Pluralsight surveyed 1,400 executives and IT professionals across the U.S., U.K., and India to learn more about the technical skills gap and how organizations are addressing a lack of expertise in specific technology areas.

May 2024

Network automation continues to challenge IT leaders, and one factor is a lack of skills on staff.

When research firm Enterprise Management Associates surveyed 354 IT professionals about network automation, just 18% rated their network automation strategies as a complete success, and 54% said they have achieved partial success. The remaining 38% said they were uncertain of the level of success achieved or admitted failure with their network automation projects.

More than one-fourth (26.8%) of the respondents pointed to staffing issues such as skills gaps and staff churn as a business challenge. “The most challenging thing for me is the lack of network engineers who can contribute to automation,” said a network engineer at a midmarket business services company in the EMA report. “The community is small, and it’s hard to find people who can help you solve a problem.”

April 2024

IT certification and training group CompTIA is expanding its product and program roadmap to meet the growing demand for AI-related skill sets.

AI is becoming critical to existing job functions. At the same time, new roles are starting to land on employers’ radar. “Two entirely new job roles—prompt engineering and AI systems architects—are emerging. These positions align with the AI priorities of many organizations,” said Teresa Sears, vice president of product management at CompTIA.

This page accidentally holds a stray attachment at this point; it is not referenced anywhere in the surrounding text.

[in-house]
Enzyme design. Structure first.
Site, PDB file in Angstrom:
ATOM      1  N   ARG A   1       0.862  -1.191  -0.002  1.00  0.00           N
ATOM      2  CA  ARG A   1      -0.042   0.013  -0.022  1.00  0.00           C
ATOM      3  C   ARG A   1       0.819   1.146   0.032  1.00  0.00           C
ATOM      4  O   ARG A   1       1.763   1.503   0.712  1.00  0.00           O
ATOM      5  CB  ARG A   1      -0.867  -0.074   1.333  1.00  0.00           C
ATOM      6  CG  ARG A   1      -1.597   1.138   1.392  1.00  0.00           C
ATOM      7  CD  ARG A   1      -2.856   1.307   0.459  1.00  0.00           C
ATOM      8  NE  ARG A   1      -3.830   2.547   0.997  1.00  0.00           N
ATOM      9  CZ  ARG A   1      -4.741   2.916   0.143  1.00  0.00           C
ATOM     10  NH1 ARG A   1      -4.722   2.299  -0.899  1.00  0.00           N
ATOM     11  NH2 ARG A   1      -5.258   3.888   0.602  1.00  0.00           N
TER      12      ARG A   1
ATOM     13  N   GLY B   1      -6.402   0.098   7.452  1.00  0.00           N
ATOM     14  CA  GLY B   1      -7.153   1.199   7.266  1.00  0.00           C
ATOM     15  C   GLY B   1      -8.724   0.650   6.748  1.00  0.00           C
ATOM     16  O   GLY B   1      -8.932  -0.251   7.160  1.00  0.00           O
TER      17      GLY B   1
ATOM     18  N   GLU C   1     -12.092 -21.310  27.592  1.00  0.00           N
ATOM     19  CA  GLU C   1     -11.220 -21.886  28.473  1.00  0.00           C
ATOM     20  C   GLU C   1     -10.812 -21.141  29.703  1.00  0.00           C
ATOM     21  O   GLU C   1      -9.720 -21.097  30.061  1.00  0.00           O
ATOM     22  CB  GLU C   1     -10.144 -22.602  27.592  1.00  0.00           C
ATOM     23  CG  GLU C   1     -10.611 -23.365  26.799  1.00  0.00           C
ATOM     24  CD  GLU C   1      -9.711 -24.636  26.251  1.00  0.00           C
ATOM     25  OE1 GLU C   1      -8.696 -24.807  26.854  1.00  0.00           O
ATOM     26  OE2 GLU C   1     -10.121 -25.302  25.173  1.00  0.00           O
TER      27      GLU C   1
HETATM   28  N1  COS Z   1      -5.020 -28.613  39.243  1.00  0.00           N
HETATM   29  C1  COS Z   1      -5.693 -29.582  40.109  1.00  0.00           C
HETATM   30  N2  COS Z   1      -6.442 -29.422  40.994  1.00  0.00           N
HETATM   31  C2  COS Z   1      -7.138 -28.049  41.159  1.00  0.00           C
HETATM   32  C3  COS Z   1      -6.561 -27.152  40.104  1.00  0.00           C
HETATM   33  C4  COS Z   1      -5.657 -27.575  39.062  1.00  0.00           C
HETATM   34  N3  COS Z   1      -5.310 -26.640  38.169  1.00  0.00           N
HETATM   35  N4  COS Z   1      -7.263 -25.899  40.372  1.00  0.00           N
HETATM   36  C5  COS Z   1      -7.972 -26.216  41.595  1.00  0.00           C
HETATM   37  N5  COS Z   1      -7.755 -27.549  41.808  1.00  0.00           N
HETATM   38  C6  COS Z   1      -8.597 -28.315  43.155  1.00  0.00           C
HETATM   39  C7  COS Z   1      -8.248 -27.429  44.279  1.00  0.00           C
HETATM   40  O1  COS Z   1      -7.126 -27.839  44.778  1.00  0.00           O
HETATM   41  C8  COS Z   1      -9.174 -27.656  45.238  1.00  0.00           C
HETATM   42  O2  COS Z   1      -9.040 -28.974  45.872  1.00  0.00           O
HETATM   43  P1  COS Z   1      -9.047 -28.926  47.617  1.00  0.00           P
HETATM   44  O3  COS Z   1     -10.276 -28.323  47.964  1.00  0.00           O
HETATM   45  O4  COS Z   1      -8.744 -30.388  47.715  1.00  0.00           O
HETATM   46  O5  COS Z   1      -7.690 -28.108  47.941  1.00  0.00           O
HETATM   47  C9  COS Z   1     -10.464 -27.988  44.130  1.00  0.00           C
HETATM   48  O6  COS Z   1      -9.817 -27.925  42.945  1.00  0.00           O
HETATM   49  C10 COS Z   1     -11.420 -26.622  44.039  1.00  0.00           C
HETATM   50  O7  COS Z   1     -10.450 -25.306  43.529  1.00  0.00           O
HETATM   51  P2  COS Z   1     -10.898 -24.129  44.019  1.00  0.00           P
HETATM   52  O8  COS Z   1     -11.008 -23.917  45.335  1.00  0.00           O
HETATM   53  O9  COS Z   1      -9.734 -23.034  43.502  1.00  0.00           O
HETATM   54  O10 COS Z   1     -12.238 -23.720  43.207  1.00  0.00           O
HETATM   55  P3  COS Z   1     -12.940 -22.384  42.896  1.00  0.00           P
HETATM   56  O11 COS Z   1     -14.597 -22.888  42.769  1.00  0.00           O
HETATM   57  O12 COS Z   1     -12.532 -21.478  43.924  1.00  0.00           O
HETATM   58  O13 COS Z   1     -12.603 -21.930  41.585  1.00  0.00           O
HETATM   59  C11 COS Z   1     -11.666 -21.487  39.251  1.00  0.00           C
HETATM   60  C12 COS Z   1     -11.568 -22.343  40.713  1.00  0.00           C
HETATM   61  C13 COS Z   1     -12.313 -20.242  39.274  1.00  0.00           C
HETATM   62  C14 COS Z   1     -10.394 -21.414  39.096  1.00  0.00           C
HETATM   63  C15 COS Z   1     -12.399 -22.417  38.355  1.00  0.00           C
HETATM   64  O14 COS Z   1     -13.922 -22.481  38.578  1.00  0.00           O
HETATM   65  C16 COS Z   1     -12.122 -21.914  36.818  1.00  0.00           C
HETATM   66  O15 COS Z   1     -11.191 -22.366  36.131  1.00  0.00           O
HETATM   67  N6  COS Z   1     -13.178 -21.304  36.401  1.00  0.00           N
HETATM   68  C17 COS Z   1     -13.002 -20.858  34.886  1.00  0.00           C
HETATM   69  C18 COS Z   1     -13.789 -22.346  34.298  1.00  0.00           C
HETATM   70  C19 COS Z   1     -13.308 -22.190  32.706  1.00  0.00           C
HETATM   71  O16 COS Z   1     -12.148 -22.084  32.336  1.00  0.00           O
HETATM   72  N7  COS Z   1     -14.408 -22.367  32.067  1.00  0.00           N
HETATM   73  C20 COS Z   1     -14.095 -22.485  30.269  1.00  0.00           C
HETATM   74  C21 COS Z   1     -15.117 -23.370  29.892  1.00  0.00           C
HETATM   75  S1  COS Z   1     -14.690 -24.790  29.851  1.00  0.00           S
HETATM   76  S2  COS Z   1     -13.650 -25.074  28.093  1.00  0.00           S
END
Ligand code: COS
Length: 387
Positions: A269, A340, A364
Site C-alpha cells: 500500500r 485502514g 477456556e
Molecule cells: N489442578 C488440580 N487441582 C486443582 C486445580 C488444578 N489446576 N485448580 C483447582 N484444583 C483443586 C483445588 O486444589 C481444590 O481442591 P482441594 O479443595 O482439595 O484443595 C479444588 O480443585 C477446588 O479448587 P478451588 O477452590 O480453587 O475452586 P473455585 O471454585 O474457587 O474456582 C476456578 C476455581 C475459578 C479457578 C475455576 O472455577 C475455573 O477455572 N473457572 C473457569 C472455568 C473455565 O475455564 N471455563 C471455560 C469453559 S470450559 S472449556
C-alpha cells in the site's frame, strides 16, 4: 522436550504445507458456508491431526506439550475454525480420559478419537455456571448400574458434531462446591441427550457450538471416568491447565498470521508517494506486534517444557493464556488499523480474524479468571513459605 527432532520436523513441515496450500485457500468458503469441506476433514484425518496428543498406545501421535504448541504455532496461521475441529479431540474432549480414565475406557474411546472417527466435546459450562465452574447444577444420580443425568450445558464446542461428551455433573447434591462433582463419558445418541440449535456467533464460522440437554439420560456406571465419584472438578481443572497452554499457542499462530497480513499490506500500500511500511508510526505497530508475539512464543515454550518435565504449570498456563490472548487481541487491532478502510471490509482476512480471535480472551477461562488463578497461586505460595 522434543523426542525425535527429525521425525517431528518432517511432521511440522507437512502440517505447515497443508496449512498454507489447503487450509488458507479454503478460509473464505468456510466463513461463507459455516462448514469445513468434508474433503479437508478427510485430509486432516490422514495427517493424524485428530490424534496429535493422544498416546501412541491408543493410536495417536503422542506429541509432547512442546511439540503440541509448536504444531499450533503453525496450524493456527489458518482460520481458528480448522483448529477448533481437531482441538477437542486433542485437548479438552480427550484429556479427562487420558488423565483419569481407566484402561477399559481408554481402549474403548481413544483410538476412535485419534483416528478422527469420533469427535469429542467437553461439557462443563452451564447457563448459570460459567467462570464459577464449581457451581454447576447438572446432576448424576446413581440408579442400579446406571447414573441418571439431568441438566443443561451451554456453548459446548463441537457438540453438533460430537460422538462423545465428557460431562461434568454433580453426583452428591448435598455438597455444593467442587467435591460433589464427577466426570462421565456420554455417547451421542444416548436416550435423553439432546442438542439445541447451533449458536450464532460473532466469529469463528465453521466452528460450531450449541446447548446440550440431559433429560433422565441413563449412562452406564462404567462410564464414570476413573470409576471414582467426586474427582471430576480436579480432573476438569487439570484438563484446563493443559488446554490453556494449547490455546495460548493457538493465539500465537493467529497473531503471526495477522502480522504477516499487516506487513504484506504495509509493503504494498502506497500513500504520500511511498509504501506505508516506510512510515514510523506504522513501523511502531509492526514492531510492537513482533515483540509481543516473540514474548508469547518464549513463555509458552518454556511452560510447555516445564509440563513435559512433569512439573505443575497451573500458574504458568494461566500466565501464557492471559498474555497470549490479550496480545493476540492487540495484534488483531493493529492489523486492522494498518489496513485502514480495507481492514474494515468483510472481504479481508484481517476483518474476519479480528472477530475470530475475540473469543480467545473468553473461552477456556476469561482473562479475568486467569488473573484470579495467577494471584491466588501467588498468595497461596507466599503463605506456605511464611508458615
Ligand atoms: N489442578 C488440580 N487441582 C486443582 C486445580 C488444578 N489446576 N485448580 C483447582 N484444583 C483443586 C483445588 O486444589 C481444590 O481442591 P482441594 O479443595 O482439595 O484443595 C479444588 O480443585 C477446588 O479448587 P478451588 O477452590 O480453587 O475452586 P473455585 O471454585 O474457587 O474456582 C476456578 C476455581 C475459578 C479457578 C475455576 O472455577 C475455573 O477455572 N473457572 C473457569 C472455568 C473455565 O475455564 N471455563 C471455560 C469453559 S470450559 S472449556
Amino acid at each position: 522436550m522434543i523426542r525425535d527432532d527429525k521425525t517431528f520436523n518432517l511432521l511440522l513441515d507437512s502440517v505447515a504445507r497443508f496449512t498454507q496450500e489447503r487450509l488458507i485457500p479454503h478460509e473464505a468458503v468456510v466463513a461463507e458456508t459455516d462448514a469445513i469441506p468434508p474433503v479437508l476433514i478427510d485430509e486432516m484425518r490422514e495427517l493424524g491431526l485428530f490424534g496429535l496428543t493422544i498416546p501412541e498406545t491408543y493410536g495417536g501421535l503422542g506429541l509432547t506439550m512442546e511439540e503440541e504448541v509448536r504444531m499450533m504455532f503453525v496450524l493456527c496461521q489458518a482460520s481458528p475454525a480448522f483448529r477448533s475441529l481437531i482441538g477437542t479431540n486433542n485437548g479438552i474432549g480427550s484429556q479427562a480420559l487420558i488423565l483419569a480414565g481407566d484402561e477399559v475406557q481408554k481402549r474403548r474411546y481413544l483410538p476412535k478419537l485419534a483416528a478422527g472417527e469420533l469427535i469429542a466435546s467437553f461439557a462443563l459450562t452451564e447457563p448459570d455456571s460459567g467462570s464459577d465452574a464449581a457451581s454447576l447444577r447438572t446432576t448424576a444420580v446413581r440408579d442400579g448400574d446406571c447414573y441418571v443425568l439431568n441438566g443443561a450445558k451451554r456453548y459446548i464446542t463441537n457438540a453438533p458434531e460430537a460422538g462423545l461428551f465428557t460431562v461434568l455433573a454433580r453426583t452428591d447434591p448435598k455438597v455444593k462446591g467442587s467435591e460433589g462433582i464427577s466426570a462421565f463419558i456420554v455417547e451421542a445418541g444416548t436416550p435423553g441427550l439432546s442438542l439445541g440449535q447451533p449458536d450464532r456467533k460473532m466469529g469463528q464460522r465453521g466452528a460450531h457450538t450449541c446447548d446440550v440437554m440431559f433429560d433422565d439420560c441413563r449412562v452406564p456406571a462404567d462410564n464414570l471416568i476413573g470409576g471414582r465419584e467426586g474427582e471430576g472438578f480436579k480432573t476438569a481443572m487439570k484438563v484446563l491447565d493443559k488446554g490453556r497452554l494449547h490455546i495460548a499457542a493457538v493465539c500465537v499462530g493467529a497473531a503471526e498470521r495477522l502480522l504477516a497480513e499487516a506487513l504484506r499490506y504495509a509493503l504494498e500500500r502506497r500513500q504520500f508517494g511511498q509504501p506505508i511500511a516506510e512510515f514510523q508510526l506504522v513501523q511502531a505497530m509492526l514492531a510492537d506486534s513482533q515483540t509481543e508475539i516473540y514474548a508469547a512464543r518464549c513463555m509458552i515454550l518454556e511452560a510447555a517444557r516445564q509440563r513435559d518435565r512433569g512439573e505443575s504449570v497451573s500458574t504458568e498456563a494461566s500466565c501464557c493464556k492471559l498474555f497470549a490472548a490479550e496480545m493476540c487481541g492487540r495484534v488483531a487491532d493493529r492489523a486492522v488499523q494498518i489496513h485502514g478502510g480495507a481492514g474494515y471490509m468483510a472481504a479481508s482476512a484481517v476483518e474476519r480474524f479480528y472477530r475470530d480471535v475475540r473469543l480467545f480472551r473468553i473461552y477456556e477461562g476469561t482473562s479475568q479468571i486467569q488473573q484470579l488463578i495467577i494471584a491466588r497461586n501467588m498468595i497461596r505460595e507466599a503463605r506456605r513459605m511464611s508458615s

Millions of IT professionals will need to acquire new AI skills to meet the needs of the job market, said Thomas Reilly, CompTIA’s chief product officer, in a statement. “We intend to create a range of certifications and training offerings spanning the complete career arc, from foundational knowledge for pre-career and early career learners to advanced skills for professionals with years of workforce experience.”

February 2024

The number of new IT jobs created in calendar year 2023 flattened with just 700 positions added, which signals continued concerns about the economy and growing demand for skills focused on emerging technologies. For comparison, 2022 saw 267,000 jobs added, with industry watchers attributing the dramatic difference to tech layoffs and other cost-cutting measures.